Our last stop was at the Zumstein Historic Walk. The area is named after Walter Zumstein who after returning home from the First World War with his Scottish bride bought the land. He then built some small holiday homes to allow tourists to be able to stay in the area. The remains of the cottages still stand along with the large rock pool he built.
When we drew up in the car park we spotted a couple of kangaroo's basking in the sun. The large one was just lying back enjoying himself and was not disturbed by any one walking around him. (see photo)
One thing we noticed at all the stops we made was when we were walking back to the van to leave, the amount of car drivers who also rushed off to leave as well, is it something to do with being stuck behind a motor home on these hilly twisty roads with no passing places?
Evening was drawing in and we needed a place to stay for the night. As we left the park we passed lots of fields with lots of kangaroo's in them. Some even standing up to admire our new Jayco van as we passed by. Are we getting blasé as we just said to each other "oh look there's more Kangaroo's"?
We found a sign saying Emu Camp site 2 Kilometres up a side road so headed off to it. The site was situated in the bush with a number of log cabins around a couple of large ponds and spaces for caravans and tents. We had a powered site by one of the ponds. The couple that ran it also acted as a rescue centre for injured animals, nursing them back to health before releasing them back into the wild.
We set up our chairs by the pond to see what wild life came by. Two wallabies came for a drink, then a large baby magpie came and joined us. It started to peck the camera so Jeff went to shoo it away with his hand and as it did not move his hand ended up giving it a tap. It just stood there and cried. Then it decided to investigate further and finished up on Jeff's knee.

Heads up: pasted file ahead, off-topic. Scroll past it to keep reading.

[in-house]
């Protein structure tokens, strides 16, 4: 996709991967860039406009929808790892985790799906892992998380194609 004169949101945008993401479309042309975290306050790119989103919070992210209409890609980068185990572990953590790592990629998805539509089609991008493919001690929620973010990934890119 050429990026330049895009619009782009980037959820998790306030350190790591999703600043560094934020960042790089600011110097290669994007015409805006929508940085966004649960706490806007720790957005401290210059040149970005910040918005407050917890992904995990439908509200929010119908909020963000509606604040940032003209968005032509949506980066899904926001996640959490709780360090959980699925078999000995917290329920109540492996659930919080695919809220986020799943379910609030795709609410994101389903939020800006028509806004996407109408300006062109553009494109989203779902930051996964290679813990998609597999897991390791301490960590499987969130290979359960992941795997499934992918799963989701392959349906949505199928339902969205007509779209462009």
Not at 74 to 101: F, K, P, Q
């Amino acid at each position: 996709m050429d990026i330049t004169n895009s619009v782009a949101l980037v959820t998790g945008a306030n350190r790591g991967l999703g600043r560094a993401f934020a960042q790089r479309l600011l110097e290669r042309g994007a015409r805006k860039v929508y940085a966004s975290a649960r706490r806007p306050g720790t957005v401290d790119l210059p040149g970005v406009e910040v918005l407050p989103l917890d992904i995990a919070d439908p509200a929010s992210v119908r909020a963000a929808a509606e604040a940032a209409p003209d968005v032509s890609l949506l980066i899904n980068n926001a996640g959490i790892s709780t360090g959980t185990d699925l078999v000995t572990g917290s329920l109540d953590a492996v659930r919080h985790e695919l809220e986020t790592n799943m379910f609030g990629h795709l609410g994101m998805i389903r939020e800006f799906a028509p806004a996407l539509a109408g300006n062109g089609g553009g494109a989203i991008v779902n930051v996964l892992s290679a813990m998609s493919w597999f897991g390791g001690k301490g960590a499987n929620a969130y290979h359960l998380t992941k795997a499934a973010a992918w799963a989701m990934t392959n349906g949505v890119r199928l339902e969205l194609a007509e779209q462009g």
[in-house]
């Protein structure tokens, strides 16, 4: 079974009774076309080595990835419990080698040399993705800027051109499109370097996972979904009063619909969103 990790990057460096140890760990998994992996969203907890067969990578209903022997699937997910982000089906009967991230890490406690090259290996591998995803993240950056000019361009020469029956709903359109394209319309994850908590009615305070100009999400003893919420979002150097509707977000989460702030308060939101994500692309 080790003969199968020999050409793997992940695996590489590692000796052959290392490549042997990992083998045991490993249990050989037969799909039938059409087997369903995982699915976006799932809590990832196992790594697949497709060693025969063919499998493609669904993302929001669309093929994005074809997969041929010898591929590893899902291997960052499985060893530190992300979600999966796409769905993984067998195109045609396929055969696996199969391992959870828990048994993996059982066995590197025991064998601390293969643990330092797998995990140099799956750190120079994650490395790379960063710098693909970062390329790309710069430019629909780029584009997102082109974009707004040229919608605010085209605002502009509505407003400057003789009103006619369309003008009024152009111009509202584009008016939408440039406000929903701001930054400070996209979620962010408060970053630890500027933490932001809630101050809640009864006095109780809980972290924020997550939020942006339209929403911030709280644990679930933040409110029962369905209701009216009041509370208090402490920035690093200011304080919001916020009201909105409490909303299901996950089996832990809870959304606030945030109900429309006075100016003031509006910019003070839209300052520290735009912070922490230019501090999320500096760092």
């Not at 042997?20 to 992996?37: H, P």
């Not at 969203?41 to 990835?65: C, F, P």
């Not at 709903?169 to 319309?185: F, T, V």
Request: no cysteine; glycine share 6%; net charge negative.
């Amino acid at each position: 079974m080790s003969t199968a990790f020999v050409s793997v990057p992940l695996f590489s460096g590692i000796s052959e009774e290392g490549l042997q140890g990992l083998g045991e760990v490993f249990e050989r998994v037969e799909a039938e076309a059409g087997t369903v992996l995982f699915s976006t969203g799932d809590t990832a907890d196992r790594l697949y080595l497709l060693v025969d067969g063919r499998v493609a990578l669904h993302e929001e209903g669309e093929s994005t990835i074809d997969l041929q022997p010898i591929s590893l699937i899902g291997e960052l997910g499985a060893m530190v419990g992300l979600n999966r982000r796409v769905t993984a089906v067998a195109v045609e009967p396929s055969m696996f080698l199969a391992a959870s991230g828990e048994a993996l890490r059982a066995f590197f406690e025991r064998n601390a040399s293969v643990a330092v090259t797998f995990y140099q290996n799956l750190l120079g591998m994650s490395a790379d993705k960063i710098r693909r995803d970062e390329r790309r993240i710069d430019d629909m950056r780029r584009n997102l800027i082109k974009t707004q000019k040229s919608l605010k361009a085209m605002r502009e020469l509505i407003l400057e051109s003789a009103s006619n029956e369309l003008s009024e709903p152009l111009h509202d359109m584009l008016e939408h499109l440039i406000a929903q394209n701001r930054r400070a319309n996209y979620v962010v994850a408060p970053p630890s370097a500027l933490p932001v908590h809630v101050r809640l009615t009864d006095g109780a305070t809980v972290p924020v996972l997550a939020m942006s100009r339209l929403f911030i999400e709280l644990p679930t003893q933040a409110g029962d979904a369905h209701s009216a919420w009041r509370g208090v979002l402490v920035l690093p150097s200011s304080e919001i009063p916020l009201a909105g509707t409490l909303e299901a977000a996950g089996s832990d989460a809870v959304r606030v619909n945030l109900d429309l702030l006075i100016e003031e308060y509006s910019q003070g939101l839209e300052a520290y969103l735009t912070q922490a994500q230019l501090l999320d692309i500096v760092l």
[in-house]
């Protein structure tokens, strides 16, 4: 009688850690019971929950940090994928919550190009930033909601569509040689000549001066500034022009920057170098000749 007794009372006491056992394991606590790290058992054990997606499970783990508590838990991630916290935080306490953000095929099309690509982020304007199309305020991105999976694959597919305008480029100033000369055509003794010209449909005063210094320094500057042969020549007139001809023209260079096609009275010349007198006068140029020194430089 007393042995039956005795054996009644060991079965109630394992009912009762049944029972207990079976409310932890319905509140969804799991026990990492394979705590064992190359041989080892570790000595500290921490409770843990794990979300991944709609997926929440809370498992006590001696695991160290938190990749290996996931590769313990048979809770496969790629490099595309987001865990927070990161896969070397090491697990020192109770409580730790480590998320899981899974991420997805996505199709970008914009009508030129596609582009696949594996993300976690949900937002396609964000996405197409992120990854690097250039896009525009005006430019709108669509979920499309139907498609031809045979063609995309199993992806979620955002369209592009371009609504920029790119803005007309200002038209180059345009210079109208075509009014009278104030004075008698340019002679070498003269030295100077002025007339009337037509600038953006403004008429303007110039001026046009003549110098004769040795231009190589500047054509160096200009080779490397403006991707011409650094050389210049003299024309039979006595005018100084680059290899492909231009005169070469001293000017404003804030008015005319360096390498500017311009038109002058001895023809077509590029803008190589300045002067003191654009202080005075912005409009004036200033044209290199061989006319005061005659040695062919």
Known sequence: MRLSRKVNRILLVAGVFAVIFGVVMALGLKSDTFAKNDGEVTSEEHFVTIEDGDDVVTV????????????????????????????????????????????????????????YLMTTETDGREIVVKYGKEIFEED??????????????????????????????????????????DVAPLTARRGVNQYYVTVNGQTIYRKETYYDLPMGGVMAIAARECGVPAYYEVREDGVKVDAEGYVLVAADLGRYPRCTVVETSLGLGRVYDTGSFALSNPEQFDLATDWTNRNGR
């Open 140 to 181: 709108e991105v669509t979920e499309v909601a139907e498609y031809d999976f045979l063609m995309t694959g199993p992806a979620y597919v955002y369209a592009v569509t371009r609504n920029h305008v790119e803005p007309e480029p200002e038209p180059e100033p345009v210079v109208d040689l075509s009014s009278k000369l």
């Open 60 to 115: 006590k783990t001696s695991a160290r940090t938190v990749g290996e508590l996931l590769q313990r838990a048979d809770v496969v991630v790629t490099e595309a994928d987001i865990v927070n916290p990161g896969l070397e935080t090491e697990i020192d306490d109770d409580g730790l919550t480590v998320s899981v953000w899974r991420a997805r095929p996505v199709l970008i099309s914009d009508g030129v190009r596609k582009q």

It was lovely sitting there as the dusk came in listening to the birds settling down for the night and the noise of the nocturnal creatures beginning to wake up. It would have been really romantic except Jeff kept getting up and moving his chair around and moaning about the flies that only seemed to be bothering him. To quote his saying 'They only go on bad meat'
The next morning saw us hitting the road again and heading for Horsham, a thriving agricultural town which produces a quarter of Victoria's wheat and barley. The camp site we chose was on the banks of the river Wimmera and by the Botanic Gardens and within walking distance of the town centre.
On Monday morning we drove to the Jayco dealer and got our awning fixed so we will now be able to open it. We then went into the tourist office to pick up ideas of places to visit and find an internet café. We were sent to Café Bagdad where we ordered a big slice of Kalula Cake and a glass of red wine each ( we had to buy something in order to have free internet access) and logged on, no sooner had I started to send the e-mails when a message popped up on screen to inform us that Kieron and Kathryn were also on line, (our son and daughter-in-law) so we got the head piece on and had a chat with them. It seemed strange that there we were sitting in a café at 3.30pm and they were in Minneapolis at 10.30 pm the day before. Our only regret about the café Bagdad was that the Curry night was on the following day and we would be off on our travels once more.